The area was swept with a metal detector, which revealed the structural timbers contained the remains of iron spikes. Three iron spikes were also found on top of the west berm near the dam throat and a piece of cast iron was found in the streambed, just south of the dam throat.
Research for this article found a reference to two mills operated by unknown Lee family members located in the vicinity of Grassy Hill and Beaver Brook Roads. Also, a mill was operated in what is present day Ledyard by a Joseph Lee (1732-1820). Although no other connections have yet been found, both references make for intriguing research possibilities.
Readers interested in learning more about saw mills are encouraged to tour the Ledyard Up-Down Sawmill (open seasonally).
The East Lyme Historical Society owns and maintains the Thomas Lee House and Little Boston School House, offers educational programs to the community throughout the year, works to provide access to historical materials through its publications, archives, and website, and is always ready to work with other groups to help foster understanding and appreciation of the history of our town.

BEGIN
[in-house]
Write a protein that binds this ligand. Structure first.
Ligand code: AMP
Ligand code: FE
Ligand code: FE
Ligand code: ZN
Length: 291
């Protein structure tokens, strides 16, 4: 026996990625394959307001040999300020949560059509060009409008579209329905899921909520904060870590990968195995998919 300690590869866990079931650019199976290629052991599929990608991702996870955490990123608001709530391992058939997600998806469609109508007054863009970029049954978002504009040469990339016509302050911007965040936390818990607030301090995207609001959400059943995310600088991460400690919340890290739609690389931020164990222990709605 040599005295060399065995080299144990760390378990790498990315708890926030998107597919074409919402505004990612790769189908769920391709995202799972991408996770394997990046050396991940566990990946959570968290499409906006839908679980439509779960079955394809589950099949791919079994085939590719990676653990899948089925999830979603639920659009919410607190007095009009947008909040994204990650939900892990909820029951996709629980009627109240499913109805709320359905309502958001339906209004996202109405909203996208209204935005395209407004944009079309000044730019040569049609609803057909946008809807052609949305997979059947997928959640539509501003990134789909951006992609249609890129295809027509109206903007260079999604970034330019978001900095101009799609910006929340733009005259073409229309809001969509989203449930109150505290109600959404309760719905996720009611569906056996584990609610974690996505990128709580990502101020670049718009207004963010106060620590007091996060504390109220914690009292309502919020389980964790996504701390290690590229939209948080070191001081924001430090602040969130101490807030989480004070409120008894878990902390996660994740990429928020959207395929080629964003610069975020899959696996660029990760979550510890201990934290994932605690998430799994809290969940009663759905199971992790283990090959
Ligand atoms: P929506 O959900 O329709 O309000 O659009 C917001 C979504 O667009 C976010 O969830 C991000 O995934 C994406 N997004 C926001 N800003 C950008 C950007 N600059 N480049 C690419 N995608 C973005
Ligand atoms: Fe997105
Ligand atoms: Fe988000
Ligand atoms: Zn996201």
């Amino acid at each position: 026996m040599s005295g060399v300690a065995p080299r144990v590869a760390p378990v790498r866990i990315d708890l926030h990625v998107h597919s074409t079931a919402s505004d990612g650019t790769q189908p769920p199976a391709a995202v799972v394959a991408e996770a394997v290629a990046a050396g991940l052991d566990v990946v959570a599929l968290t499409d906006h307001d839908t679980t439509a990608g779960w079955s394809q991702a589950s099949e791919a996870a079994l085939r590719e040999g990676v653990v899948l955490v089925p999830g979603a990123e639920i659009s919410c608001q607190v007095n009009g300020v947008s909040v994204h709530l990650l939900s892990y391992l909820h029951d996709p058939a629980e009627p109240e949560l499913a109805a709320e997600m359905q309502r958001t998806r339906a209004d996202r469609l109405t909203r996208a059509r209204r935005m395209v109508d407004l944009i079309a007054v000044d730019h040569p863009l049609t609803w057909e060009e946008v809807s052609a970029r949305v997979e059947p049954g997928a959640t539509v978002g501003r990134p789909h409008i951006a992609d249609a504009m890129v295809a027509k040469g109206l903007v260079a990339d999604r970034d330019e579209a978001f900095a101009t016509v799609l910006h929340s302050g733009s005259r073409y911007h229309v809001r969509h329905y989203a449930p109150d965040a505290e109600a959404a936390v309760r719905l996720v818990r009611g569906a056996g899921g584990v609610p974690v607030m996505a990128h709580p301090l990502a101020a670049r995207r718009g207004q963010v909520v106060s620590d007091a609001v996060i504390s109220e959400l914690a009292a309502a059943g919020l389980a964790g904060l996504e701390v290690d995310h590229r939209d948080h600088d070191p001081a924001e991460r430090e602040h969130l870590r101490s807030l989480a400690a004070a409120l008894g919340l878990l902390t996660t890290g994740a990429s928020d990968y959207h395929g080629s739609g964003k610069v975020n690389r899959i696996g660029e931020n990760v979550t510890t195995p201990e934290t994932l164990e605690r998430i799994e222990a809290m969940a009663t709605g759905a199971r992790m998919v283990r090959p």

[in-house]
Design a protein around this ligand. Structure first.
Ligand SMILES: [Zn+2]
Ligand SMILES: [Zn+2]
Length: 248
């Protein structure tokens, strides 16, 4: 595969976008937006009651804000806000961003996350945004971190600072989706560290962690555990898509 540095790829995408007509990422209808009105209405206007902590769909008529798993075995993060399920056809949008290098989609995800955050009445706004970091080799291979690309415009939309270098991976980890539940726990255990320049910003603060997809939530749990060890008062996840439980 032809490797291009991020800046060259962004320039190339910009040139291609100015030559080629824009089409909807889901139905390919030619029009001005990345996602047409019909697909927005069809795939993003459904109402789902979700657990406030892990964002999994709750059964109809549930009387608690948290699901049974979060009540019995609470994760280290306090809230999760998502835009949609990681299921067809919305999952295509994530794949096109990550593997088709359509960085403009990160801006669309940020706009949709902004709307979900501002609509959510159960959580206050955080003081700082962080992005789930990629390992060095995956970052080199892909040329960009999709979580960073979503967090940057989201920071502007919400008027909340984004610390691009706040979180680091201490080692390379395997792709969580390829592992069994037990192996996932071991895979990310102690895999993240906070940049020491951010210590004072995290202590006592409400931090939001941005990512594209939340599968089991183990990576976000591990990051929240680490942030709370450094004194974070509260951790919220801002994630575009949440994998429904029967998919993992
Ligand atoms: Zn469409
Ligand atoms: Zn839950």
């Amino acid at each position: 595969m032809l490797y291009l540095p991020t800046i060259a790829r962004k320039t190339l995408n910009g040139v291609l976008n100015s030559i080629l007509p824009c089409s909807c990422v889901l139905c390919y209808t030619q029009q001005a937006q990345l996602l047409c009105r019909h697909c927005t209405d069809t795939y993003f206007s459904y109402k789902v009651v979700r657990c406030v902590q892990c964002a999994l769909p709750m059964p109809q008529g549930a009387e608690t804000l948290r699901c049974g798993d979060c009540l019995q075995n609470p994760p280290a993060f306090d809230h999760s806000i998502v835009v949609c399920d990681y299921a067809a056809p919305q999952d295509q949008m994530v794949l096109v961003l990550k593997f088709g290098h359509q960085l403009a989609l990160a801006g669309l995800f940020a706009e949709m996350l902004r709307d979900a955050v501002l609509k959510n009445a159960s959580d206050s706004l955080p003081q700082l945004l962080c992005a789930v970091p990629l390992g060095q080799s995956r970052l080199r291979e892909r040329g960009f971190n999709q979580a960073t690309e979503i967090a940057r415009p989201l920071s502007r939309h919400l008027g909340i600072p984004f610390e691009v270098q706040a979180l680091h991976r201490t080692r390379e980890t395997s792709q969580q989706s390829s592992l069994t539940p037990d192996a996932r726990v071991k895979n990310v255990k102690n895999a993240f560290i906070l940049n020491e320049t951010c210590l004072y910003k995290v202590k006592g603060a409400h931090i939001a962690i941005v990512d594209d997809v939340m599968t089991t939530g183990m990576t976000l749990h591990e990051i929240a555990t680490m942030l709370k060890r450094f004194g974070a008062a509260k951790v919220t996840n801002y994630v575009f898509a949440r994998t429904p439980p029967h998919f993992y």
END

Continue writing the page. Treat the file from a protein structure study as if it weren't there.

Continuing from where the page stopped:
And we do it all as volunteers!
The generosity of our town and our members is greatly appreciated. Time, energy, and dollars donated are put immediately to work.
If you are currently a member, THANK YOU! If not, please consider joining us. You may download the Membership Form here, or print the Membership Form page here, and mail either one to us, or you can contact us at:
Donations are always welcome.
And please remember: all of our programs are open to the public, free of charge. We welcome your participation!
BUSINESS OWNERS: Become a Business Member of the East Lyme Historical Society for only $50 a year. Members receive a free listing on our Business Directory page, with a link to their own sites, as well as being mentioned in our newsletters. Our website is currently attracting over 900 unique visitors and 14,000 hits each month, from all over the country, and from around the world. Many of them are in the process of planning trips to our area, and would be interested in the services you provide. Local residents will recognize your generosity, as well.
INTERESTED IN BEING A VOLUNTEER? The Society is busy year-round, with a calendar full of events to plan and execute, and a substantial property to maintain. We are always looking for people to get involved. If you have ideas, would like to help organize future activities, or want to be a more active member of the society, let us know. We'd be thrilled to hear from you!